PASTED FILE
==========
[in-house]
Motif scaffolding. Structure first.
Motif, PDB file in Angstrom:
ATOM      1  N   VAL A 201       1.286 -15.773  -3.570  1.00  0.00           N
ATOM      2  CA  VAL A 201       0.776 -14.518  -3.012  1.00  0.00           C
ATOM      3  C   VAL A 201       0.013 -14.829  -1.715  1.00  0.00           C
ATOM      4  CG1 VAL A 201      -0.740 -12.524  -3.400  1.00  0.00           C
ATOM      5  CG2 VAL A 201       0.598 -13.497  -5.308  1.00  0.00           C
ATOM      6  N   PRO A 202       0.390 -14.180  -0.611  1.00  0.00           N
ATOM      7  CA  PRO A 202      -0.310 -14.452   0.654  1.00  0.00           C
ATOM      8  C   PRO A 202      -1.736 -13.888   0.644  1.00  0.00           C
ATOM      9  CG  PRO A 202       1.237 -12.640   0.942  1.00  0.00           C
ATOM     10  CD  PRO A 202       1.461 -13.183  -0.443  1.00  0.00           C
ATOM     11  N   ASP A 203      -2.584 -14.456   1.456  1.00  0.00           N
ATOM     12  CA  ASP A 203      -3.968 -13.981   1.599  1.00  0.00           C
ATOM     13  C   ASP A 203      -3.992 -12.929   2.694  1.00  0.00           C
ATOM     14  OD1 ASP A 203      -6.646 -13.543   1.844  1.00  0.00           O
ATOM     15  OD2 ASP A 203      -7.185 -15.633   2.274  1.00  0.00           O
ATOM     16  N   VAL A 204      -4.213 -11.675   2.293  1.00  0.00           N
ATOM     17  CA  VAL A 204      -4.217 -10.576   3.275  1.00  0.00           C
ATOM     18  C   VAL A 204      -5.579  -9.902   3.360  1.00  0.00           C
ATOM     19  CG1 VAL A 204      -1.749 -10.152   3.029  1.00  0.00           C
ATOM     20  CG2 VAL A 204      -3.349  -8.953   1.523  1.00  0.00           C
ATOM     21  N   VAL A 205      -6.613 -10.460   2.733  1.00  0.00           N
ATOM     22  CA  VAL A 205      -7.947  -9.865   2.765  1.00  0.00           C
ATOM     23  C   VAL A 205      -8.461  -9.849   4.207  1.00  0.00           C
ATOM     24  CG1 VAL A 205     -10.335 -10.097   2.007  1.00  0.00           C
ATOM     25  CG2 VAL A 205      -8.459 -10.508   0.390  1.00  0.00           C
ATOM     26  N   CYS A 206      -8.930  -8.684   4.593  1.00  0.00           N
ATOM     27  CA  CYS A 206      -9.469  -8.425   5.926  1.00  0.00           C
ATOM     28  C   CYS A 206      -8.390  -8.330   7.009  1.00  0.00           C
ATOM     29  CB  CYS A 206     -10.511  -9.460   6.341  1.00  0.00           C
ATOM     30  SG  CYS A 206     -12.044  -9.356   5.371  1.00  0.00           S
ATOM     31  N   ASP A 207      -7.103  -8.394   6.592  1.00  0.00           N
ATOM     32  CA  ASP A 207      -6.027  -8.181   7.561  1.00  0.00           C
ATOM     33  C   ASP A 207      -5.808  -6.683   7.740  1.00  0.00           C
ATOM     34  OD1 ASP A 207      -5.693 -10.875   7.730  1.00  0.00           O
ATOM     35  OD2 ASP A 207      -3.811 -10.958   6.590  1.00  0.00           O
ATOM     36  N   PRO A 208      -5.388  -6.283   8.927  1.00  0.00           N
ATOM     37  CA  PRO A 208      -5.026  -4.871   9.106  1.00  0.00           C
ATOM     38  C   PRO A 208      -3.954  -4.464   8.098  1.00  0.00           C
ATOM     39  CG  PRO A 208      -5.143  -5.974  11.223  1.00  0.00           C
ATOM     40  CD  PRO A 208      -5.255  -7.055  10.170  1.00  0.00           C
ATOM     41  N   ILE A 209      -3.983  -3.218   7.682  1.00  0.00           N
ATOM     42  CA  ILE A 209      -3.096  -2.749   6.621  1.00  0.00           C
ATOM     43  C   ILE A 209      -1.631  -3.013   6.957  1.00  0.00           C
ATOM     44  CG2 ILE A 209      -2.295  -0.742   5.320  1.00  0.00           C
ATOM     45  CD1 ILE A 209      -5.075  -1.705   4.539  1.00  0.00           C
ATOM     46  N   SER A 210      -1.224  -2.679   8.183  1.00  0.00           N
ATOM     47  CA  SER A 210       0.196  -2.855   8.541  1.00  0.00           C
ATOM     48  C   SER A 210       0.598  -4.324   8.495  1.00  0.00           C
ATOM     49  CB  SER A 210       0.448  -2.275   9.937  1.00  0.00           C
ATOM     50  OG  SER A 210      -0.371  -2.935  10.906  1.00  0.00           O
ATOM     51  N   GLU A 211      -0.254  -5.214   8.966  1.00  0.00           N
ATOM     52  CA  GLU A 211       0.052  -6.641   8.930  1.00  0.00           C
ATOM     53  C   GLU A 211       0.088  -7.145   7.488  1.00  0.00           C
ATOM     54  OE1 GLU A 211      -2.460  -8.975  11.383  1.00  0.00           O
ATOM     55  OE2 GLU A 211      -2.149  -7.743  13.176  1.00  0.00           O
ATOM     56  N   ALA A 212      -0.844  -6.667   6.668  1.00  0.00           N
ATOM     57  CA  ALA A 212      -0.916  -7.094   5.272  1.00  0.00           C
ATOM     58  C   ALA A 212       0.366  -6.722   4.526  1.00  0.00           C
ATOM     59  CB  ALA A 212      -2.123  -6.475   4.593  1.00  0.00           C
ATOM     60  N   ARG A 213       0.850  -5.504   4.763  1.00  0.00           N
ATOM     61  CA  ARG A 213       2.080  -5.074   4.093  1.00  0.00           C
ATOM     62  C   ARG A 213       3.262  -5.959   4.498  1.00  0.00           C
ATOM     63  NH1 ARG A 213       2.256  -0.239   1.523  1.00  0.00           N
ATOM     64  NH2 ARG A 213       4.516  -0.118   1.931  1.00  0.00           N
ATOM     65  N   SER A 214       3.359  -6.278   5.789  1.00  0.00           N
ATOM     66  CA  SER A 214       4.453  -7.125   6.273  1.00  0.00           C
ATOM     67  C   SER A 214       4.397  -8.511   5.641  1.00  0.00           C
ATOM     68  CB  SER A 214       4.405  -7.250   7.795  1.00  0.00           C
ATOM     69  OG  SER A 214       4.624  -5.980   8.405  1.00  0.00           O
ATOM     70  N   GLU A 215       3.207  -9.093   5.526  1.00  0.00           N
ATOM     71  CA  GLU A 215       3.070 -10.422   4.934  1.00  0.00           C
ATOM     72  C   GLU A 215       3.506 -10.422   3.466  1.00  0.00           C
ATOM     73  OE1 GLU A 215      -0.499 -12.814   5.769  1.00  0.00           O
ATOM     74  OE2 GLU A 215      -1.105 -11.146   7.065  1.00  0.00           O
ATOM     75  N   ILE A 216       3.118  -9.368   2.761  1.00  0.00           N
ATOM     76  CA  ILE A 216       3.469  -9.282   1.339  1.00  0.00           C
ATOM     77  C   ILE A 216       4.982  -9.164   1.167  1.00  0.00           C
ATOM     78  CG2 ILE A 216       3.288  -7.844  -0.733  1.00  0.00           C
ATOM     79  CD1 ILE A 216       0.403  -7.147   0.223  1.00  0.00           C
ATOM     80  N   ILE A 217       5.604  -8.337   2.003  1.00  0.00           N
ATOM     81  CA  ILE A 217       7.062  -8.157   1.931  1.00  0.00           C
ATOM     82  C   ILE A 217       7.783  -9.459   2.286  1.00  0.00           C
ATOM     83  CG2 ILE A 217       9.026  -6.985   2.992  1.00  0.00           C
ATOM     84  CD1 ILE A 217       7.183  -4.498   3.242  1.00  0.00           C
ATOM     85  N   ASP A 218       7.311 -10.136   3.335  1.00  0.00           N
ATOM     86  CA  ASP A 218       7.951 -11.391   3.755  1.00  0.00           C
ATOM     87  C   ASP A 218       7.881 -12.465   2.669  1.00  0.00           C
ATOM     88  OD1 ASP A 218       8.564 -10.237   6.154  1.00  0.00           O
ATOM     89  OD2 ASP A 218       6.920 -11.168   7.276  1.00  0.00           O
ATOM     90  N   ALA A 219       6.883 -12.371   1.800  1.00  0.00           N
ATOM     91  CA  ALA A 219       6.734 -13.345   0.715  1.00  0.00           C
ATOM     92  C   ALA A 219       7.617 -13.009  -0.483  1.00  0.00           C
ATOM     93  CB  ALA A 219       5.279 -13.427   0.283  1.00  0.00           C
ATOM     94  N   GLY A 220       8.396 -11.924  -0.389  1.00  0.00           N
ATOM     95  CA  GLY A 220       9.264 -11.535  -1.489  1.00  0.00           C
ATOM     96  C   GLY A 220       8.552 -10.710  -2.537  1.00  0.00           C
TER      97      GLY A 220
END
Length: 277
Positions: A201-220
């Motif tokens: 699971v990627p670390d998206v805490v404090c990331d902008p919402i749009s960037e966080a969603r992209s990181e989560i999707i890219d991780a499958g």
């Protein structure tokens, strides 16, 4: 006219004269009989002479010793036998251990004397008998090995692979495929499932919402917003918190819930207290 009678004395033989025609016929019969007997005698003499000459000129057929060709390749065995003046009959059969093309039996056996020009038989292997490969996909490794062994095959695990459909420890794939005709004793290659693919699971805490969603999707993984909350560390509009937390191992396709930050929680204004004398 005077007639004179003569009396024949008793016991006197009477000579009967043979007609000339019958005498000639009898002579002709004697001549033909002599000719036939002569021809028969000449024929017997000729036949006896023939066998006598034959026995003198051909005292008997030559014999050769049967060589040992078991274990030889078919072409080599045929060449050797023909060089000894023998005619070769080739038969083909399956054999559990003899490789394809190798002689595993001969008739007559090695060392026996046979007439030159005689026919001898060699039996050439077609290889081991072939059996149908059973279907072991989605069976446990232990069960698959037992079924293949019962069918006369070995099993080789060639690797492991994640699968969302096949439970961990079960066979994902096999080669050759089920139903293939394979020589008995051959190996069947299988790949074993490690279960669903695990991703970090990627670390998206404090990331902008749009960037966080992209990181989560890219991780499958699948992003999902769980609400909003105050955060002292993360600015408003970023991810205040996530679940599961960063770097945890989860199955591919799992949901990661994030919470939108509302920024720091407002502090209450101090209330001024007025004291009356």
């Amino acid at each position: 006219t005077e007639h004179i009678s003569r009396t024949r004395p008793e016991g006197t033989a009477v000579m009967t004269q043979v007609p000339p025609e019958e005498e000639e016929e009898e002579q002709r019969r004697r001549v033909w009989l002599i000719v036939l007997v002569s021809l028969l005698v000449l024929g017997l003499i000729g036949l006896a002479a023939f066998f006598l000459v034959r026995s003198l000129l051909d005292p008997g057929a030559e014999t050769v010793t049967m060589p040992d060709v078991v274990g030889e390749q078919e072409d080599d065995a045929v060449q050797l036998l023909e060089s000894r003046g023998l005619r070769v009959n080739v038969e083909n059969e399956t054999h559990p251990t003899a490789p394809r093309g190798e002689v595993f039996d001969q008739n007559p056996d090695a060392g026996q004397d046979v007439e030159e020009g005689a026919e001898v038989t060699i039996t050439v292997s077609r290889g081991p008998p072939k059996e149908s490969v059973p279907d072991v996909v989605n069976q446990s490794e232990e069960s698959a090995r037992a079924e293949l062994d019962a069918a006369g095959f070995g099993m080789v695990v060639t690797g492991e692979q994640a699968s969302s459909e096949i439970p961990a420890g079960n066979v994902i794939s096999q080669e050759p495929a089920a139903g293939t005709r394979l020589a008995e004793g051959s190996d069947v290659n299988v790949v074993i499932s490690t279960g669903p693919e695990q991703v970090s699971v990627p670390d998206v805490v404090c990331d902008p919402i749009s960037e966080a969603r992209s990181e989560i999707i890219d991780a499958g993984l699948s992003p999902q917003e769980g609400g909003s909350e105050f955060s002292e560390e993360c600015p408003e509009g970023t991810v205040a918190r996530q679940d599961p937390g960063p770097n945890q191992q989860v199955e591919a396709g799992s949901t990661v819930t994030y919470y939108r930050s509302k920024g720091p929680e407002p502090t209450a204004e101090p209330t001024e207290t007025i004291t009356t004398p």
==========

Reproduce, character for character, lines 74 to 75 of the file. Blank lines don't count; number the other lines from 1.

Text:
ATOM     71  CA  GLU A 215       3.070 -10.422   4.934  1.00  0.00           C
ATOM     72  C   GLU A 215       3.506 -10.422   3.466  1.00  0.00           C